Top of page

From Cheerios v. Cheetos to Apartheid, the Law Library Junior Fellows Shine – Pic of the Week

Share this post:

The following is a guest post is by Betty Lupinacci, Lead Technician for Legal Processing Workflow Resolution in our Collection Services Division.

The Law Library Collection Services Division’s Junior Fellow Wesley Verge and Associate Junior Fellow Mari Gavin exhibited items from the Law Library’s gift collections as part of the 2012 Library of Congress Junior Fellows display event.

Wesley and Mari with the exhibited items.

Wesley is an undergraduate student at SUNY New Paltz who also interned with Senator Charles Schumer this Spring.  Mari is a recent graduate from The College of William and Mary who spent her Spring semester studying in Moscow.  Both are considering careers in the legal profession.

This summer they inventoried records and briefs from the Law Library’s U.S. courts of appeals collection so that these items could be sent to the Library’s storage facility at Ft.Meade.  They also inventoried foreign government gazettes donated from the United Nations Dag Hammarskjold Library, which they compared against the Law Library’s holdings in an effort to complete our collection.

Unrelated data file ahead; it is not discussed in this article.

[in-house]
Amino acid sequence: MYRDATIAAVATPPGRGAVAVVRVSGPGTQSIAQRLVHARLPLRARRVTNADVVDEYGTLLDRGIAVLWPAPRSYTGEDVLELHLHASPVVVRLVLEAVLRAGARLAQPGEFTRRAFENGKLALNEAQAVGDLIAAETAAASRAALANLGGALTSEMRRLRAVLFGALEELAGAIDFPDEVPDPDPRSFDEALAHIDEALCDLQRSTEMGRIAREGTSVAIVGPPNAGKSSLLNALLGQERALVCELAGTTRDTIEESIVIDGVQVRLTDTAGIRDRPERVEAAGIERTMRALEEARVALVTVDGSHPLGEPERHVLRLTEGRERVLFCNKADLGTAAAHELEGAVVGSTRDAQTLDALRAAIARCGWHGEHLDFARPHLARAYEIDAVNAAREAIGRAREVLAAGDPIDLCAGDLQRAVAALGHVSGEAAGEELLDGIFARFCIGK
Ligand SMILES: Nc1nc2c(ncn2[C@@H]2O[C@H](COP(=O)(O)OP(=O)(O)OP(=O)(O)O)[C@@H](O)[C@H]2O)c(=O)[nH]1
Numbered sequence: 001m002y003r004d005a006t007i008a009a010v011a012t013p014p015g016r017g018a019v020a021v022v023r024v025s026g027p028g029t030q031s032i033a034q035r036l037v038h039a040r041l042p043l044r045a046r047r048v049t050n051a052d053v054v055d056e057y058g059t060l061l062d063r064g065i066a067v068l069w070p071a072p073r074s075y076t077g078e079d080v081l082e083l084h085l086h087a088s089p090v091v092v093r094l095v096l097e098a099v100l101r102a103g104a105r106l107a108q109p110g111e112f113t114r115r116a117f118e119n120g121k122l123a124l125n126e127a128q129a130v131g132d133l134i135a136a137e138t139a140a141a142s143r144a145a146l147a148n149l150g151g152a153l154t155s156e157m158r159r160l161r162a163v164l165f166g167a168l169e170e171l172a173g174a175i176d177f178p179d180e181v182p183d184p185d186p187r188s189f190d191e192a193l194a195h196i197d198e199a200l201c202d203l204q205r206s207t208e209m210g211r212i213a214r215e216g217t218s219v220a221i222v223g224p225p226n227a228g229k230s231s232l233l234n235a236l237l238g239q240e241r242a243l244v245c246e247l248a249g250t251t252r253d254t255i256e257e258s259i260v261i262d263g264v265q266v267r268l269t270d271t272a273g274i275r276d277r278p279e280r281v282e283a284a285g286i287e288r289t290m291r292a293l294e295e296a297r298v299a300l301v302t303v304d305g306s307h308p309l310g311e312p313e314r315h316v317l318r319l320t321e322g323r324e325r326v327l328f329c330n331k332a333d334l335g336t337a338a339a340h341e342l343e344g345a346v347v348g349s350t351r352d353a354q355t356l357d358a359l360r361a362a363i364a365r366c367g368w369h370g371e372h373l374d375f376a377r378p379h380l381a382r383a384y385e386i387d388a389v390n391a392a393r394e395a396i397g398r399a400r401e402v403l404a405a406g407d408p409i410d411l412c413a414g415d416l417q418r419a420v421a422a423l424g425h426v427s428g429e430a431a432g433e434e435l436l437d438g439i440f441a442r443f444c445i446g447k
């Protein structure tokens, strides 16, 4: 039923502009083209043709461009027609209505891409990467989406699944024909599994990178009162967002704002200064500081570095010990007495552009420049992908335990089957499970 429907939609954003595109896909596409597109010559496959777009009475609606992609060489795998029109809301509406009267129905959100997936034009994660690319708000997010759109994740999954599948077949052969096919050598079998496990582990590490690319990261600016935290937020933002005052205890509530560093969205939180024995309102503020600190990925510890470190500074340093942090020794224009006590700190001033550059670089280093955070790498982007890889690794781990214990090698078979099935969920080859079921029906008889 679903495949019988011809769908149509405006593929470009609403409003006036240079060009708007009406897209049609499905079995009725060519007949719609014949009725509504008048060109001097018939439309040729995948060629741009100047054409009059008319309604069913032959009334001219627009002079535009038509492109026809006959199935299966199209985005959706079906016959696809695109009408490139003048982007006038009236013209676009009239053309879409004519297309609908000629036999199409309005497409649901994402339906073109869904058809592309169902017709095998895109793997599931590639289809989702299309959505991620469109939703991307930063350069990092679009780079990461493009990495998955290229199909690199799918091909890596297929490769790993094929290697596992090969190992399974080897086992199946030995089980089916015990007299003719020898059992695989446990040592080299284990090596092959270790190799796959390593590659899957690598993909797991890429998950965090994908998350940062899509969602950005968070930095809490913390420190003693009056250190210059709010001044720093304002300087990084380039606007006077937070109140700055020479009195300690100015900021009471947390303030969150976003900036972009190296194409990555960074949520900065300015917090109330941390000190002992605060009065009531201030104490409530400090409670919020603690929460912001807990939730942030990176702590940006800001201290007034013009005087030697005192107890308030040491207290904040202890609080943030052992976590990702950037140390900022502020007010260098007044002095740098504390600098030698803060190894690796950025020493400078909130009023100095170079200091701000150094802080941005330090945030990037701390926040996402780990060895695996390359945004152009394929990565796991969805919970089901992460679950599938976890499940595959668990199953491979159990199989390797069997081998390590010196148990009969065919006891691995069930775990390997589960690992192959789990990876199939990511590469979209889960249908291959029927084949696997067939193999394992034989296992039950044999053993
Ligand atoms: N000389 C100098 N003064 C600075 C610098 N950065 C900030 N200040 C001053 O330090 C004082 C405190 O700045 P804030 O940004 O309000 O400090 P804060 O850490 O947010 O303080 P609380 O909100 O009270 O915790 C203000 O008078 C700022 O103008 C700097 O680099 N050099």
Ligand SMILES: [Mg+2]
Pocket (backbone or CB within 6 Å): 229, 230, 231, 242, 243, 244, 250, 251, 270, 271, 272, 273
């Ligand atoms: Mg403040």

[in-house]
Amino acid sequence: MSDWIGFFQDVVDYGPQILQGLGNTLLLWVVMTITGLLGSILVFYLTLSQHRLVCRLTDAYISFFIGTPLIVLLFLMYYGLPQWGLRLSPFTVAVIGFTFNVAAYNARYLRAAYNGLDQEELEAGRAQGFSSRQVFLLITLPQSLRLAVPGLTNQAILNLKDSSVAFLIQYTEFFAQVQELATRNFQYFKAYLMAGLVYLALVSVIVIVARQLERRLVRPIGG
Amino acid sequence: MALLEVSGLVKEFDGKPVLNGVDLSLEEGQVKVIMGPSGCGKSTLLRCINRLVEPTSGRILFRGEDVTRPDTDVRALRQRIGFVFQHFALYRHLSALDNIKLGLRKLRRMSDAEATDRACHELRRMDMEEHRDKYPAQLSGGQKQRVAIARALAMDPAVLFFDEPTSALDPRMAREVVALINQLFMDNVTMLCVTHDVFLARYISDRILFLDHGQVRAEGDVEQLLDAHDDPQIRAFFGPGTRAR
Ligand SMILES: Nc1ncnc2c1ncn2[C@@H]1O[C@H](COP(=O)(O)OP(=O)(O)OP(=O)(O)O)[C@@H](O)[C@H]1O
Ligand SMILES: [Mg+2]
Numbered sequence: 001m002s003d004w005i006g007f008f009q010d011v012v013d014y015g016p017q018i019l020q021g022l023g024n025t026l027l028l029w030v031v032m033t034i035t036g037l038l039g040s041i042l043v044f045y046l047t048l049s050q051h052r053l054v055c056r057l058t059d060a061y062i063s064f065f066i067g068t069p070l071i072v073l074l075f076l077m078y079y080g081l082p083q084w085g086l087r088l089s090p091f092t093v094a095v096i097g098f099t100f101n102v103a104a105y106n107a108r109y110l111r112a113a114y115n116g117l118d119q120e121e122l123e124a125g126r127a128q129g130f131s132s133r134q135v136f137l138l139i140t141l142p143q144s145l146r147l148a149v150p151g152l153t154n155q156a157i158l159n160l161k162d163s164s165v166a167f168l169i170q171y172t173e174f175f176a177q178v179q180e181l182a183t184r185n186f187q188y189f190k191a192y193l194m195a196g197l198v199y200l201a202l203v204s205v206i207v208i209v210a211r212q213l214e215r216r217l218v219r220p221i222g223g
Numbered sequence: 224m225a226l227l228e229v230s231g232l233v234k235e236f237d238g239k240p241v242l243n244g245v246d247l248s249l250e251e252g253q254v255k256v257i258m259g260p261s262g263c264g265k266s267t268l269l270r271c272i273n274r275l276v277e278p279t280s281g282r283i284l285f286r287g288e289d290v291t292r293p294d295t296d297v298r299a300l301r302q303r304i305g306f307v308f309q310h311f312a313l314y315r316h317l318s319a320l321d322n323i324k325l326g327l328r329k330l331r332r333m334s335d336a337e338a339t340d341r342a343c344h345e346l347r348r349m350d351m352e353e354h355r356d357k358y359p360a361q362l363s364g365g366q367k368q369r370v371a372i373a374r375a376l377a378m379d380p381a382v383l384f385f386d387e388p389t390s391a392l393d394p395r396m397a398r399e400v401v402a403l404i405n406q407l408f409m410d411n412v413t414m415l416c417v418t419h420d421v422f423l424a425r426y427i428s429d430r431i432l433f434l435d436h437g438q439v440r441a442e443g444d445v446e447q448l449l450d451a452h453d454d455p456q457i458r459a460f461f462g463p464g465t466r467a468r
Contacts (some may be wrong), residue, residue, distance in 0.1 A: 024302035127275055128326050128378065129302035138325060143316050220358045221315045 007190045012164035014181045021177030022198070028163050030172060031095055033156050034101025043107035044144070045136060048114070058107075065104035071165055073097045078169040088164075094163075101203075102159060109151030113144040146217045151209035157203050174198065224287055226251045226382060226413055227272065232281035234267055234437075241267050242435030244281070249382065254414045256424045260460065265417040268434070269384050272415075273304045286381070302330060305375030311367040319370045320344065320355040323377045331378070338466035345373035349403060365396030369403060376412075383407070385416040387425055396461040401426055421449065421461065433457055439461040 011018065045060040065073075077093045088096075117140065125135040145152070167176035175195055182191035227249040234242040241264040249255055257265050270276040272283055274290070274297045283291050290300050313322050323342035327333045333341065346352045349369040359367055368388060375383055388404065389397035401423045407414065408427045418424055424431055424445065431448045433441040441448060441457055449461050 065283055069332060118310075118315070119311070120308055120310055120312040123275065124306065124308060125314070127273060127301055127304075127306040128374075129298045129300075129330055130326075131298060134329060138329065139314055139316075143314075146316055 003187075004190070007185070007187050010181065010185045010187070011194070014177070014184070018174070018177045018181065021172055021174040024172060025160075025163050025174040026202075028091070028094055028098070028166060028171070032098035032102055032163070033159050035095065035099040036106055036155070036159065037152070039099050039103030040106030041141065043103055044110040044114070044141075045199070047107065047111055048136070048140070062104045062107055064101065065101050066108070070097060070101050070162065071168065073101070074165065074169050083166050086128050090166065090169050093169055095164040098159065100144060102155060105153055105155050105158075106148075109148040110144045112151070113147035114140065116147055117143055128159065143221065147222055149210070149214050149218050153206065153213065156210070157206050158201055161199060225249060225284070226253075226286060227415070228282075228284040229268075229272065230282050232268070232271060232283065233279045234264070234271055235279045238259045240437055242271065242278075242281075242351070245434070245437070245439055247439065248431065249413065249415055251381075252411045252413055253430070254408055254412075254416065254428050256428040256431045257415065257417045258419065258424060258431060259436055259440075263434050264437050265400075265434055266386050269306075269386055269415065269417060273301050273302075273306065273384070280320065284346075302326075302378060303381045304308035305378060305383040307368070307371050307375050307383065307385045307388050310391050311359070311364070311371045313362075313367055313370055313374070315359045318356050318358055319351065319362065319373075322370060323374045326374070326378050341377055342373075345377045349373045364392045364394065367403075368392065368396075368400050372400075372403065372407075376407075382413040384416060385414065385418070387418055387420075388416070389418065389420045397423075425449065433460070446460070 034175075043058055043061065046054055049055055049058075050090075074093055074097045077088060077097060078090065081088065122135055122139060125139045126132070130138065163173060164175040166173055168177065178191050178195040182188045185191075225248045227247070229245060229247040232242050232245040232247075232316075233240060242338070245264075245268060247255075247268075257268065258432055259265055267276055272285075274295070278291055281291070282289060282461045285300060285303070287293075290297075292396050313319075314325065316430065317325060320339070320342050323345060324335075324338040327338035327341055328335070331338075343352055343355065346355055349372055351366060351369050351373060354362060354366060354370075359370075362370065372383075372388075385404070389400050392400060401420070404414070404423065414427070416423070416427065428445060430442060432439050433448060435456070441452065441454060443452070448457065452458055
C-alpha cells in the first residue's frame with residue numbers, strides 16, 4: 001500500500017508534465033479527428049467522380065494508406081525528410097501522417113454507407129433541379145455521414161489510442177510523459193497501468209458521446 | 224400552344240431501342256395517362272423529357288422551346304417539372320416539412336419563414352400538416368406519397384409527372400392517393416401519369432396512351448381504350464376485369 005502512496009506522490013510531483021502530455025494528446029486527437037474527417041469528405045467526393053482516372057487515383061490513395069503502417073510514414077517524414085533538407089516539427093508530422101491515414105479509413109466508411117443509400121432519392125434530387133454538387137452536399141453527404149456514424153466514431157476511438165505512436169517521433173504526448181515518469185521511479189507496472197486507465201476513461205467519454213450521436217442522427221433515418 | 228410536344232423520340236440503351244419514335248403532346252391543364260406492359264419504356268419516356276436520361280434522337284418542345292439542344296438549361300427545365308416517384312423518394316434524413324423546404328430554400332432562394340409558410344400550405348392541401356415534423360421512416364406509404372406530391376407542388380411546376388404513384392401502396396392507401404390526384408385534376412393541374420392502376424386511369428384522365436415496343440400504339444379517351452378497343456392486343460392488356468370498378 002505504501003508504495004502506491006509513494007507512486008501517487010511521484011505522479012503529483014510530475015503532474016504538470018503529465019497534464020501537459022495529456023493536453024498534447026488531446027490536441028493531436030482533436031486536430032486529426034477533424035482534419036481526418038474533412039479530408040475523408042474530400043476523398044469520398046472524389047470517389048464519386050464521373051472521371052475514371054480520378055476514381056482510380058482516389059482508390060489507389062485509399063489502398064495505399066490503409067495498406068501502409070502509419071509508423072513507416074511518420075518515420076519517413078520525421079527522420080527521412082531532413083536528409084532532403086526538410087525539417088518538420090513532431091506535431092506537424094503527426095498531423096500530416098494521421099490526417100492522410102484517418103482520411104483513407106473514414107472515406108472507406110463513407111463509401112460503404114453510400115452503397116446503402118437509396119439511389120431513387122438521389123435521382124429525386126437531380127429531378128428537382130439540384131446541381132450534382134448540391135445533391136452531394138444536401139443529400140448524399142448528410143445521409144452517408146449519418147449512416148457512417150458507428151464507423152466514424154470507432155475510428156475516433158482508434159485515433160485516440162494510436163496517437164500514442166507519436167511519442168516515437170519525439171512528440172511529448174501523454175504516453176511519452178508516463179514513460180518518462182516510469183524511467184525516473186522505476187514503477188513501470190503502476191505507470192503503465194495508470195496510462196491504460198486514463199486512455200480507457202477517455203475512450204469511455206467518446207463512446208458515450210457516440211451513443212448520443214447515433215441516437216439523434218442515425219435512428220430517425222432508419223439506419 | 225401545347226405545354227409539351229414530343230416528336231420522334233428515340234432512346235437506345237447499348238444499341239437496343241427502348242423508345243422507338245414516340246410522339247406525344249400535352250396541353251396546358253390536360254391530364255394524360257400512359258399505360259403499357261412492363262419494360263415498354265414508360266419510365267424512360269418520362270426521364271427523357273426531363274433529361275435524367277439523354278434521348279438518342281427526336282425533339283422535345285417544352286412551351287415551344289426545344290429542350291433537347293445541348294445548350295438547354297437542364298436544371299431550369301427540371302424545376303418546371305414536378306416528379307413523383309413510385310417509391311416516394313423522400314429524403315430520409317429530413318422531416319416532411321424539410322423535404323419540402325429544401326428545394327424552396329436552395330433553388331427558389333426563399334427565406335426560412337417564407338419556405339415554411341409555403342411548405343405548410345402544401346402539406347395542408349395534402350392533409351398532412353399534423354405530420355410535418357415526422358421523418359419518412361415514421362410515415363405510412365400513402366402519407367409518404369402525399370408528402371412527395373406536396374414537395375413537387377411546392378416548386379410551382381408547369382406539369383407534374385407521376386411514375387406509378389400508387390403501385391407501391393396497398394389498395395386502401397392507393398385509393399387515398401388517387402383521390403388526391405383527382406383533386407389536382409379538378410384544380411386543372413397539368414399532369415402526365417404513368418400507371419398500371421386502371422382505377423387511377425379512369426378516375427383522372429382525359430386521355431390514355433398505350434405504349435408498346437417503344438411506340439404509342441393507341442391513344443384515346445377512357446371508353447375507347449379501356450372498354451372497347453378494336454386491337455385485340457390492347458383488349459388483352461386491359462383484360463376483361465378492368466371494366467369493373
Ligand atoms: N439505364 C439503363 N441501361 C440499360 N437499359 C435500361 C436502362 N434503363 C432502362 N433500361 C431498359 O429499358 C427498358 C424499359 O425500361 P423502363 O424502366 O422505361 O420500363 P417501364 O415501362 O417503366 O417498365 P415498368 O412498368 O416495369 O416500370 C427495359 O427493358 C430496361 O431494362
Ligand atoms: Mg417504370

Items presented included:

1.  A 5th Circuit Court of Appeals brief for a trademark infringement case between General Mills and Frito Lay over product names (Cheerios vs. Cheetos);

5th Circuit Court of Appeals brief for a trademark infringement case between General Mills and Frito Lay over product names (Cheerios vs. Cheetos)

2.  A Transcript of Record from one of the many lawsuits against organized crime figure Al Capone; and

3.  Examples of South Africa apartheid laws, which were repealed when the country’s government was democratized in the 1990’s.

Some of South Africa’s apartheid era laws exhibited.

All in all, a great success on their part.

Add a Comment

This blog is governed by the general rules of respectful civil discourse. You are fully responsible for everything that you post. The content of all comments is released into the public domain unless clearly stated otherwise. The Library of Congress does not control the content posted. Nevertheless, the Library of Congress may monitor any user-generated content as it chooses and reserves the right to remove content for any reason whatever, without consent. Gratuitous links to sites are viewed as spam and may result in removed comments. We further reserve the right, in our sole discretion, to remove a user's privilege to post content on the Library site. Read our Comment and Posting Policy.

Required fields are indicated with an * asterisk.